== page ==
Restrictions on Immigration: Open Britain?

Danielle Cohen
By Danielle Cohen Immigration Law Solicitor Linkedin
Danielle Cohen has over 20 years of experience as a lawyer and a reputation for offering professional, honest and expert advice.
2 September 2016

The “Britain stronger in Europe” campaign is being re-branded and will relaunch as “Open Britain” to push for a deal in which the UK is open for business trading and investment.  The group, which is backed by a cross-party cohort of politicians, has more than 500,000 registered supporters from the Brexit referendum campaign.  When Prime Minister Theresa May stated that “Brexit means Brexit”, for us in the legal profession it didn’t mean much, because no one knows what Brexit will look like.  There is no precedent for the EU to grant Single Market access without free movement.  Theresa May stated that she will not give MPs a vote before triggering Article 50, the mechanism that starts the clock on Brexit negotiations.

A briefing note from the House of Commons library highlights the huge number of decisions the British Government will have to take about its future relationship with the EU.  Ministers appear to have taken a stance on the best deal Britain can hope to strike, with the Chancellor Philip Hammond stressing the importance of retaining access to the Single Market.  Meanwhile, Liam Fox and David Davis, both of whom will have key roles in the negotiations process, are thought to prefer the “Go it alone approach”.

Politicians want to have their say on the deal the UK Government wish to secure for us.  Barry Gardner, the Labour Shadow Secretary of State for International Trade, Energy and Climate Change, has said that Parliament could not be sidelined from the greatest constitutional change the country has debated in 40 years.  He thinks there is no logic in the Prime Minister triggering Article 50 without first setting out to Parliament the terms and basis upon which her Government seeks to negotiate. Owen Smith, the leadership candidate for Labour who sought to make the EU a dividing line between him and Jeremy Corbyn, accused the Prime Minister of running scared from Parliamentary scrutiny of her Brexit negotiations.  Smith has argued that the Brexit deal itself should be put to the public vote through a second referendum or general election, while Corbyn has argued that the outcome of the June vote has to mean Brexit.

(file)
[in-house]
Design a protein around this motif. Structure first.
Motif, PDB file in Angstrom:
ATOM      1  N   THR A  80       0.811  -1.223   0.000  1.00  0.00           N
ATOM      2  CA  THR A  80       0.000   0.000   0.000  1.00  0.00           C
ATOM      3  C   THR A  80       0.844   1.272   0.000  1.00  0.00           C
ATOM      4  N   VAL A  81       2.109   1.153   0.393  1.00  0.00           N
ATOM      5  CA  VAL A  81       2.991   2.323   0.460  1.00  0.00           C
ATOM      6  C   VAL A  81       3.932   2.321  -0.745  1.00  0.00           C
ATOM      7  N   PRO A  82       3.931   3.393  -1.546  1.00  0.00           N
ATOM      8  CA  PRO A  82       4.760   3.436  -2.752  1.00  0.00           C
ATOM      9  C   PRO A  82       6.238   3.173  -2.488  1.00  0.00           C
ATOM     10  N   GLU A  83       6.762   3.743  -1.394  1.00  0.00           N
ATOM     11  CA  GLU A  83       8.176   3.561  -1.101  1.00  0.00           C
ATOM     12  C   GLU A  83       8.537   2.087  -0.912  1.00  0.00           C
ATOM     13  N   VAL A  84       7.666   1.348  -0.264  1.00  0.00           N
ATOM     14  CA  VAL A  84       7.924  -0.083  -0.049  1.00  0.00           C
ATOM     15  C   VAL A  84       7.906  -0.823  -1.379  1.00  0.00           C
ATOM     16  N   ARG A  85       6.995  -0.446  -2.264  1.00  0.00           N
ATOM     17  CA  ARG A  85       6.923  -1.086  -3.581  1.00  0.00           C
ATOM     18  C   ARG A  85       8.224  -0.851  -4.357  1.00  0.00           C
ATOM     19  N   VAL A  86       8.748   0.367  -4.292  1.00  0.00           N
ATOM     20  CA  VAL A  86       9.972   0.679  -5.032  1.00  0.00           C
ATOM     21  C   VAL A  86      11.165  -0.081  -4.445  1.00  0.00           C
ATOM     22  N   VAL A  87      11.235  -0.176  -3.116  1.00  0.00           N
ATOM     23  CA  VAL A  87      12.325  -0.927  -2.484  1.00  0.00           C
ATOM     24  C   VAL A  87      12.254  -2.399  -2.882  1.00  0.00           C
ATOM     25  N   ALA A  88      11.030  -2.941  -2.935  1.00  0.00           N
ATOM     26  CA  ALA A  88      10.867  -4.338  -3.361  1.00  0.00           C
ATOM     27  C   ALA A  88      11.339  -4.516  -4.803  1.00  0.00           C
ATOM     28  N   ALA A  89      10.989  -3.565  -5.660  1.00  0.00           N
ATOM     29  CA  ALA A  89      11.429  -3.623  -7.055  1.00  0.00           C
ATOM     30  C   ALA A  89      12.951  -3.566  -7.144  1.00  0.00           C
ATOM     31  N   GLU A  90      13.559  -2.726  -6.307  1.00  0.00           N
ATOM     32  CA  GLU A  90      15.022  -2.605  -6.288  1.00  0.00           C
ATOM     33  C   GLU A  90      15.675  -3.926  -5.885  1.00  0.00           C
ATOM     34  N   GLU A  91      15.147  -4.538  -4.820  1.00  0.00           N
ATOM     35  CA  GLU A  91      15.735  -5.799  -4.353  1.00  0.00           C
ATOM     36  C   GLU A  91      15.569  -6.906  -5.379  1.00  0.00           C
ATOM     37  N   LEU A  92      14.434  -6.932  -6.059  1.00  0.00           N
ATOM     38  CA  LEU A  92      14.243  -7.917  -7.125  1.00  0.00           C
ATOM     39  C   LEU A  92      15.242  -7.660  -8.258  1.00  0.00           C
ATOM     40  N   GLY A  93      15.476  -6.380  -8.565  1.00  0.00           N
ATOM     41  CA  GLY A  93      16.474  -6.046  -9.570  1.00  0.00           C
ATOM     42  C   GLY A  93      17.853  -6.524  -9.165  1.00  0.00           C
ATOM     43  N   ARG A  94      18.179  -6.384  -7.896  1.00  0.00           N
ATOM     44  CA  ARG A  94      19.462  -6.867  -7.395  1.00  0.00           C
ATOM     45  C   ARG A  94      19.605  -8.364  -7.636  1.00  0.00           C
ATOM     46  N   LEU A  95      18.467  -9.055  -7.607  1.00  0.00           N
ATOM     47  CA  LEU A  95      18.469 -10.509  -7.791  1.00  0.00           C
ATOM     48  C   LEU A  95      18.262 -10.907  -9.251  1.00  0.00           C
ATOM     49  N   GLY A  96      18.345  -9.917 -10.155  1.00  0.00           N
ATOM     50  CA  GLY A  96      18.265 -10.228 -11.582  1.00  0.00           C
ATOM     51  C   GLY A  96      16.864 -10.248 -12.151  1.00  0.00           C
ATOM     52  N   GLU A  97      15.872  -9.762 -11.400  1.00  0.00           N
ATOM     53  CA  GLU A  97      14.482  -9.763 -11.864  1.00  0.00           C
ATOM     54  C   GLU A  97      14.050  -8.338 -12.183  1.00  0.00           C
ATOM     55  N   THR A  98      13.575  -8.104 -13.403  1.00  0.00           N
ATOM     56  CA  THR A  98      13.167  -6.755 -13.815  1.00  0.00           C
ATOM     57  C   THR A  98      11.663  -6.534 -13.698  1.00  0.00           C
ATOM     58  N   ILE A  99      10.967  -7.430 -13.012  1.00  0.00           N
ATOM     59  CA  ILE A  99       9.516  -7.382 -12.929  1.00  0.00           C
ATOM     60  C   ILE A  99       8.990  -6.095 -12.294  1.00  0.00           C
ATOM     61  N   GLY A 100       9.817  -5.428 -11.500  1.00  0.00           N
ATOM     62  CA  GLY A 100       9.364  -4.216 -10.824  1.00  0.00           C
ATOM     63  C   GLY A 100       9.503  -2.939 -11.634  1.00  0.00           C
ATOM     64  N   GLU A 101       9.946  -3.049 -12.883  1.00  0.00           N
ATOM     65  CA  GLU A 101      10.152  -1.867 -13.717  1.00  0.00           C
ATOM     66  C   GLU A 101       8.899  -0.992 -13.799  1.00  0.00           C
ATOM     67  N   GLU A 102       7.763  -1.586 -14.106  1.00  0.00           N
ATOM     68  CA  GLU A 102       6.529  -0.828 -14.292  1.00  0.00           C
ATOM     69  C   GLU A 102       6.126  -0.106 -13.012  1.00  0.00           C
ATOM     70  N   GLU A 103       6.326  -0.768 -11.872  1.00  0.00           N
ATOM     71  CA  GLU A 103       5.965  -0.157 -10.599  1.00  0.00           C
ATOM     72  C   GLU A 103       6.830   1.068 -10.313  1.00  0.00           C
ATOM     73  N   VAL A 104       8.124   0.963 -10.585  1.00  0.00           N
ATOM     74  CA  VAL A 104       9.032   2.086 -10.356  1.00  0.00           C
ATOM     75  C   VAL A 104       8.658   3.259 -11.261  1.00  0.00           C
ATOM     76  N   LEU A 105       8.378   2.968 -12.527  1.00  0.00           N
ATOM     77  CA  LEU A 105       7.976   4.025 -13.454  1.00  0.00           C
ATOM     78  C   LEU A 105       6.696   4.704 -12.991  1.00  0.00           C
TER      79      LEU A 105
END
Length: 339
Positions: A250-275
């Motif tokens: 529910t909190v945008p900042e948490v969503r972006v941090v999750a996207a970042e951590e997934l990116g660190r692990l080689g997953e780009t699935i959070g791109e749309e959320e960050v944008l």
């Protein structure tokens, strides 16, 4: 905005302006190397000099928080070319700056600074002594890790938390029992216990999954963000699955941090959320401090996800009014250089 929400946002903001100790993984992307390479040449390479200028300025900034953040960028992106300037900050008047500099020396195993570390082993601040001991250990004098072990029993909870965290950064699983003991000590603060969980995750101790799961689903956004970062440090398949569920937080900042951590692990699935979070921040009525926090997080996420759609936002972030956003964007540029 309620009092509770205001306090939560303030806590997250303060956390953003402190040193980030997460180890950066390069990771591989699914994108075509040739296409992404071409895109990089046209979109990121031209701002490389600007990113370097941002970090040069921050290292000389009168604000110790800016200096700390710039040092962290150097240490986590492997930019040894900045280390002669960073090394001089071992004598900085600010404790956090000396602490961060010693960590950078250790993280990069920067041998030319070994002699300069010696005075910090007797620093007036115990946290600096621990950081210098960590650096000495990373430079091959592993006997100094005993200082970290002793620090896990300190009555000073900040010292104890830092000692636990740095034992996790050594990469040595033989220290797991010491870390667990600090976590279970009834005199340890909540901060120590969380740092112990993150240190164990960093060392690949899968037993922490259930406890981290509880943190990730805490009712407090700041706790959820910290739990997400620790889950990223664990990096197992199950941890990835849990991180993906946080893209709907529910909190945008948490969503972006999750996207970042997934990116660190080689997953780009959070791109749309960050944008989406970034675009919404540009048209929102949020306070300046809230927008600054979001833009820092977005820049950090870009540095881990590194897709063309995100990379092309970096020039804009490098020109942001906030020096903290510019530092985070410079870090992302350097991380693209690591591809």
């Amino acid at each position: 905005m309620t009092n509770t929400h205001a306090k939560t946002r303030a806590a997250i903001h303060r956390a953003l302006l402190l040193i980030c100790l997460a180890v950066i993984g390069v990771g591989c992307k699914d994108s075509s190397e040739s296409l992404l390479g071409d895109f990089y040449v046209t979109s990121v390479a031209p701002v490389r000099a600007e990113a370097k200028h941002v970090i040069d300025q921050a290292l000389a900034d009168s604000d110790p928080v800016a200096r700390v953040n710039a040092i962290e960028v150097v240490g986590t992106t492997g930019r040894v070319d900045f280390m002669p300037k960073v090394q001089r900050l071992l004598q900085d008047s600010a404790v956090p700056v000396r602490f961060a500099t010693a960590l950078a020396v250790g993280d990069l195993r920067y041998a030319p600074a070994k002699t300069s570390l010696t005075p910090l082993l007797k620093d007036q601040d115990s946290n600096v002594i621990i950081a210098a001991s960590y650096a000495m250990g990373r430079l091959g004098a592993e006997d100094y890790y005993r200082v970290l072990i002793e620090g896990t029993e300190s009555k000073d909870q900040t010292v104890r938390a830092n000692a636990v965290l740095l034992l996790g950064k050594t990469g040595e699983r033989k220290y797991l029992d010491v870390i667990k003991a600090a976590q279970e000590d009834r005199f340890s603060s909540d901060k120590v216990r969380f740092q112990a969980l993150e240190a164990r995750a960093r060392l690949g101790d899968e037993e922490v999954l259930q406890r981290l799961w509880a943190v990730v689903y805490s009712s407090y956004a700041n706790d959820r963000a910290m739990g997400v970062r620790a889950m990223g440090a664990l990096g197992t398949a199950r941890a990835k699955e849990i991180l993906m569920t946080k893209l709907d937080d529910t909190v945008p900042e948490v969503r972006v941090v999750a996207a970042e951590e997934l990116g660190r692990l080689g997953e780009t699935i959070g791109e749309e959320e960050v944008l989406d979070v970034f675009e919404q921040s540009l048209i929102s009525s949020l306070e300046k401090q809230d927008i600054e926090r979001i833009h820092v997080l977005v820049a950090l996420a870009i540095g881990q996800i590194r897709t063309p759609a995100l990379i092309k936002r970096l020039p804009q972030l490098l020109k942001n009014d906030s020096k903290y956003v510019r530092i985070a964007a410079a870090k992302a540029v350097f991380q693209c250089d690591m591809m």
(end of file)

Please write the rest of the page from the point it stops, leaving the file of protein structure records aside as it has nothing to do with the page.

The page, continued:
The German Economy Minister, Mr Gabriel, has said that Britain must not be able to keep the ‘nice things’ that come with EU membership without taking responsibility for the fallout from Brexit.  Gabriel warned that if the issue was badly handled by Theresa May, other member countries will follow Britain’s lead and “Europe would go down the drain.”

It is safe to state that there are potential divisions in the British government. However, Theresa May has agreed with her Cabinet that restricting Immigration will be a red line in negotiations. So it is likely that, pushing ahead with article 50, with no need for a parliamentary vote, setting restrictions on freedom of movement, will end Britain’s membership of the Single Market, and restrictions on immigration to the UK will follow.